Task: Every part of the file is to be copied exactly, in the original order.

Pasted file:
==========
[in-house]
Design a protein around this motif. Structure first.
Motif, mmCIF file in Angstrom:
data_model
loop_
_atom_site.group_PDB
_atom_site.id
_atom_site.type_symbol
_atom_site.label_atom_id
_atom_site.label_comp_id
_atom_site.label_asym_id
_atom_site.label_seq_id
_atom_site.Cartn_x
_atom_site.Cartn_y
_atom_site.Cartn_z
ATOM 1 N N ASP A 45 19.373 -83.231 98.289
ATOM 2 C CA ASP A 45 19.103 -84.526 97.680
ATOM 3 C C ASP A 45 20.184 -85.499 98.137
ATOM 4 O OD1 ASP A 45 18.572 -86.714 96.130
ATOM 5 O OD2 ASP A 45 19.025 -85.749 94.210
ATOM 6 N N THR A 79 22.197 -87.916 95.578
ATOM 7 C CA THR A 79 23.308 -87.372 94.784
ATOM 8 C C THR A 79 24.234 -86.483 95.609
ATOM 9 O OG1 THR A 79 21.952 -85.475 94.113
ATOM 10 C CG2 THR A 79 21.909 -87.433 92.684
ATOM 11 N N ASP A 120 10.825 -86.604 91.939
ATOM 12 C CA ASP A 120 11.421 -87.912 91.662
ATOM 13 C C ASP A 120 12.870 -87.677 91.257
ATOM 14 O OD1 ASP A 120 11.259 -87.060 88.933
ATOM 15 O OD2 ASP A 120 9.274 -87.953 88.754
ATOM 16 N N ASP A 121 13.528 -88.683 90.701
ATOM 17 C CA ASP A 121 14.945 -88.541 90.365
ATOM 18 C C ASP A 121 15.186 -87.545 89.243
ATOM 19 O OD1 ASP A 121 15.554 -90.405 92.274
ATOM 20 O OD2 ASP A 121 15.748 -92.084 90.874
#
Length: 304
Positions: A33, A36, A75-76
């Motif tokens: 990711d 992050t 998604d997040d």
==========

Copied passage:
[in-house]
Design a protein around this motif. Structure first.
Motif, mmCIF file in Angstrom:
data_model
loop_
_atom_site.group_PDB
_atom_site.id
_atom_site.type_symbol
_atom_site.label_atom_id
_atom_site.label_comp_id
_atom_site.label_asym_id
_atom_site.label_seq_id
_atom_site.Cartn_x
_atom_site.Cartn_y
_atom_site.Cartn_z
ATOM 1 N N ASP A 45 19.373 -83.231 98.289
ATOM 2 C CA ASP A 45 19.103 -84.526 97.680
ATOM 3 C C ASP A 45 20.184 -85.499 98.137
ATOM 4 O OD1 ASP A 45 18.572 -86.714 96.130
ATOM 5 O OD2 ASP A 45 19.025 -85.749 94.210
ATOM 6 N N THR A 79 22.197 -87.916 95.578
ATOM 7 C CA THR A 79 23.308 -87.372 94.784
ATOM 8 C C THR A 79 24.234 -86.483 95.609
ATOM 9 O OG1 THR A 79 21.952 -85.475 94.113
ATOM 10 C CG2 THR A 79 21.909 -87.433 92.684
ATOM 11 N N ASP A 120 10.825 -86.604 91.939
ATOM 12 C CA ASP A 120 11.421 -87.912 91.662
ATOM 13 C C ASP A 120 12.870 -87.677 91.257
ATOM 14 O OD1 ASP A 120 11.259 -87.060 88.933
ATOM 15 O OD2 ASP A 120 9.274 -87.953 88.754
ATOM 16 N N ASP A 121 13.528 -88.683 90.701
ATOM 17 C CA ASP A 121 14.945 -88.541 90.365
ATOM 18 C C ASP A 121 15.186 -87.545 89.243
ATOM 19 O OD1 ASP A 121 15.554 -90.405 92.274
ATOM 20 O OD2 ASP A 121 15.748 -92.084 90.874
#
Length: 304
Positions: A33, A36, A75-76
């Motif tokens: 990711d 992050t 998604d997040d």